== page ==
Advertising, Referring Firms and Bankruptcies

Another controversy surrounds referring law firms versus representing law firms. The internet, T.V., and publication advertising for mesothelioma cases is extremely competitive. It is safe to say that in the last three years, mesothelioma is probably the most advertised litigation in the country today, and remains one of the most expensive words on the internet per click.

Most of the advertising law firms are what is called a referring firm. Some classify these law firms and attorneys as “brokers.” A referring firm or broker is a law firm or individual lawyer who advertises across the different medias. They sign a client and then refer that client to the lawyers who actually handle the lawsuit and day to day litigation of that lawsuit.

Firms that advertise and then refer cases out to other attorneys have been criticized by academia and others, and it has become more significant in the asbestos arena than in the other areas of litigation. The reason that it is more significant in the context of asbestos litigation is because of the increasing trend of companies to either filing bankruptcy or creating bankruptcy trusts. When a company files bankruptcy or creates a bankruptcy trust, that company, pursuant to federal law, cannot be sued in either federal or state court ever again.

In short, the creation of the bankruptcy trusts bar a lawsuit against that company forever. Instead of filing a lawsuit against that company, the asbestos victim through his or her attorney must file a claim against the bankrupt trust. The claims against the bankruptcy trust are outside of the tort system but still remain somewhat of an adversarial process. A lawyer representing an asbestos victim still must file a claim within a certain period of time and must also offer some form of evidence to prove exposure to a product made by the company that established the bankruptcy trust. Although there have been over 70 companies to file for bankruptcy protection in recent years, there are only currently 20-30 bankruptcy trusts that are either already established and paying claims or expected to be established in the near future. Although these trusts exist, an asbestos victim can also file a lawsuit against the viable entities that have not filed for bankruptcy protection. In short, a law firm has two avenues of recovery that the lawyer must pursue in an effort to compensate his or her client.

However, the law, in the vast majority of states across this country, does not allow for what’s called a double recovery for the same injury. In other words, the bankruptcy claims become very relevant at the trial against the viable companies that were sued. The companies at trial will use the claims made by the plaintiff against the bankruptcy trust in an effort to persuade the jury that that bankrupt companies were liable and responsible for the asbestos disease. Also, the amount of recovery received by the bankrupt trust will often be used to reduce a settlement or verdict against any viable companies. For example, if a person receives $300,000 from claims made against bankruptcy trusts and then later gets a verdict against other viable companies for $400,000 total, the $300,000 from the bankrupt trust must be subtracted from the verdict value. Therefore, the verdict in that case would be reduced from $400,000 to $100,000.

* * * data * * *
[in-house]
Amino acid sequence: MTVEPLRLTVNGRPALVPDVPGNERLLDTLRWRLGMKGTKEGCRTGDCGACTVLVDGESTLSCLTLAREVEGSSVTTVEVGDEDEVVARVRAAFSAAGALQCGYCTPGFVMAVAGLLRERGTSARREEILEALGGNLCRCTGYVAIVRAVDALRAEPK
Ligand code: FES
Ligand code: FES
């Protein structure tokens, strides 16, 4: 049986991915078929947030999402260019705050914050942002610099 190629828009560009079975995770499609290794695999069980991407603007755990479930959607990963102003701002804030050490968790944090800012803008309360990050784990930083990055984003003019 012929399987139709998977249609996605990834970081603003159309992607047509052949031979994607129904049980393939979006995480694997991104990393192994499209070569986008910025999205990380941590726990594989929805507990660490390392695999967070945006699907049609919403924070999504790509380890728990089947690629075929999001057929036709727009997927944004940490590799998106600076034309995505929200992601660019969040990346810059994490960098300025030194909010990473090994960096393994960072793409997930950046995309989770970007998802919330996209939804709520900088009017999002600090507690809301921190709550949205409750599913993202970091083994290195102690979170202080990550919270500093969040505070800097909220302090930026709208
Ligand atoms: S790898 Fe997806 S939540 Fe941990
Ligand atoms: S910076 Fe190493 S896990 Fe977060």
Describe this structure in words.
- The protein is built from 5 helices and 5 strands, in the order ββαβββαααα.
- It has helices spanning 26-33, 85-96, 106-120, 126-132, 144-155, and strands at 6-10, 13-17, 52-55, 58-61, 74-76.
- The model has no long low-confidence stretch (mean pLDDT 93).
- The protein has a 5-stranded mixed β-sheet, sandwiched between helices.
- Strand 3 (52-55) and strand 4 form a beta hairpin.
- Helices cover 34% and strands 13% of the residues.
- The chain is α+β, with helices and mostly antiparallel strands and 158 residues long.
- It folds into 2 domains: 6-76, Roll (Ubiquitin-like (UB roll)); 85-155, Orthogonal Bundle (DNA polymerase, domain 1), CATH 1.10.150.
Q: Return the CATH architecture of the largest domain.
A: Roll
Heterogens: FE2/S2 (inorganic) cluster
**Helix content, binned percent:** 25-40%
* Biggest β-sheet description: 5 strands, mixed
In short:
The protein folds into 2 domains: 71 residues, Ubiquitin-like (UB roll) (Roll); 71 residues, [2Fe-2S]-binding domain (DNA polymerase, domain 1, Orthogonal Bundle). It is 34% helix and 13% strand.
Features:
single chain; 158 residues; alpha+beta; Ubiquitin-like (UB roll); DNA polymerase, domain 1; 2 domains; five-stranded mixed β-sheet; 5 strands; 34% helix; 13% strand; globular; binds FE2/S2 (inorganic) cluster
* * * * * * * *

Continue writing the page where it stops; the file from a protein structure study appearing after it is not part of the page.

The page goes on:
The interplay between the claims against the bankruptcy trusts and the law suit are very critical. What is most controversial is that these brokers or referring firms oftentimes will retain responsibility for filing the bankruptcy claims but refer the tort lawsuit to a law firm such as the Deaton Law Firm, which actually prosecutes the lawsuit. Anything that the referring firm does related to the bankruptcy claims will absolutely affect the law suit.

It is critical that both law firms coordinate with each other so that the plaintiffs’ claims and theories are consistent with the two different avenues of recovery. As one can see, when you have two firms handling two different avenues of recovery but related to the same injury, there is the potential for abuse or inconsistency. In recent history, this potential for inconsistency and/or abuse has been discussed in articles in the Wall Street Journal, New York Times, and Forbes. One large firm, which was responsible for handling the claims, made allegations or statements that were entirely inconsistent with claims made by the same plaintiff within the tort lawsuit. These two large national firms proceeded in their individual representations of the same plaintiff, independent of each other and without coordination. In fact, one of these firms – because of what was perceived by a trial judge as abuse and/or fraud – was barred from representing any plaintiffs in that particular state forever.

This is yet another example in which a law firm becomes too big, with too many claims, and clients get treated similarly to cattle. It is important to note that the individual plaintiff in that scenario was not acting with fraud or intentional misconduct but was simply relying on the advice and alleged expertise of each of these large firms. The more prudent approach is that the law firm handling the case should be responsible to take the lead in both prosecution of the lawsuit and the processing of bankruptcy claims. Yet, most of these larger advertising firms insist on processing the bankrupt claims because it can be done so outside of the tort system. It also allows that advertising firm to generate a fee that does not have to be shared with outside counsel. The Deaton Law Firm avoids such controversy by handling any and all claims associated with the asbestos disease.

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